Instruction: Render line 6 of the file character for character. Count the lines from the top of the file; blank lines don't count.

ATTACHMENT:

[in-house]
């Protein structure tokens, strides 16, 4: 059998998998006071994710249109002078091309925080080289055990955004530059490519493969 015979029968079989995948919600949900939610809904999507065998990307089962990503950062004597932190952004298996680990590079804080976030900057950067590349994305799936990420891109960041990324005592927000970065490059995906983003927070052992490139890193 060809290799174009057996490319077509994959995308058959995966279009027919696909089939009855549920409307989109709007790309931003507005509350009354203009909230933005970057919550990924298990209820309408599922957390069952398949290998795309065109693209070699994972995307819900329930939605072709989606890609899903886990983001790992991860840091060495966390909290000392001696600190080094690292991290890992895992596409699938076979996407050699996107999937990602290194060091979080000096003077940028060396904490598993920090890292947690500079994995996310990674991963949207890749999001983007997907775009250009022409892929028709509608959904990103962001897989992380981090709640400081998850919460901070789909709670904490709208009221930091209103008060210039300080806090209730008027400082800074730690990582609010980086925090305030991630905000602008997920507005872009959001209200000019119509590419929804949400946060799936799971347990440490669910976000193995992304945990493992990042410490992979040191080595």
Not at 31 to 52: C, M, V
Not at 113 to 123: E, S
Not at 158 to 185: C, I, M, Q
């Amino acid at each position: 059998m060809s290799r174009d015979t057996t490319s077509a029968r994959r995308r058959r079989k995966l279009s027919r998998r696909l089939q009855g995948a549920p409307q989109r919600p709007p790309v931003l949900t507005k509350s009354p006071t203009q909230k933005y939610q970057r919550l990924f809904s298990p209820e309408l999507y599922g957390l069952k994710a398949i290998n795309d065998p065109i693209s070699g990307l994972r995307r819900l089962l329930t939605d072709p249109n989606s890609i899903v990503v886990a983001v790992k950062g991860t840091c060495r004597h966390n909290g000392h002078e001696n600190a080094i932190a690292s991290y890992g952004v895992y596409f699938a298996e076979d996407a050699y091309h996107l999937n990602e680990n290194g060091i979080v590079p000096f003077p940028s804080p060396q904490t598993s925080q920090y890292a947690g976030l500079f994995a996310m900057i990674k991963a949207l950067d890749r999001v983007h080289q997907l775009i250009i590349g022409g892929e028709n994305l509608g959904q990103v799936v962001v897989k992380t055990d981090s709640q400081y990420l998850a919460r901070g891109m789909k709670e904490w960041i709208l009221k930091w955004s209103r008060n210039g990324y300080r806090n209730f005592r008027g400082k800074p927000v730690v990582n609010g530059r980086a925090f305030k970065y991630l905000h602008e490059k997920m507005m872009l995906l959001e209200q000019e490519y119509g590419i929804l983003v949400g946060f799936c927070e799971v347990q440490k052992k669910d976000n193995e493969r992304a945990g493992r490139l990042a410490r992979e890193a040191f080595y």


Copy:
């Amino acid at each position: 059998m060809s290799r174009d015979t057996t490319s077509a029968r994959r995308r058959r079989k995966l279009s027919r998998r696909l089939q009855g995948a549920p409307q989109r919600p709007p790309v931003l949900t507005k509350s009354p006071t203009q909230k933005y939610q970057r919550l990924f809904s298990p209820e309408l999507y599922g957390l069952k994710a398949i290998n795309d065998p065109i693209s070699g990307l994972r995307r819900l089962l329930t939605d072709p249109n989606s890609i899903v990503v886990a983001v790992k950062g991860t840091c060495r004597h966390n909290g000392h002078e001696n600190a080094i932190a690292s991290y890992g952004v895992y596409f699938a298996e076979d996407a050699y091309h996107l999937n990602e680990n290194g060091i979080v590079p000096f003077p940028s804080p060396q904490t598993s925080q920090y890292a947690g976030l500079f994995a996310m900057i990674k991963a949207l950067d890749r999001v983007h080289q997907l775009i250009i590349g022409g892929e028709n994305l509608g959904q990103v799936v962001v897989k992380t055990d981090s709640q400081y990420l998850a919460r901070g891109m789909k709670e904490w960041i709208l009221k930091w955004s209103r008060n210039g990324y300080r806090n209730f005592r008027g400082k800074p927000v730690v990582n609010g530059r980086a925090f305030k970065y991630l905000h602008e490059k997920m507005m872009l995906l959001e209200q000019e490519y119509g590419i929804l983003v949400g946060f799936c927070e799971v347990q440490k052992k669910d976000n193995e493969r992304a945990g493992r490139l990042a410490r992979e890193a040191f080595y």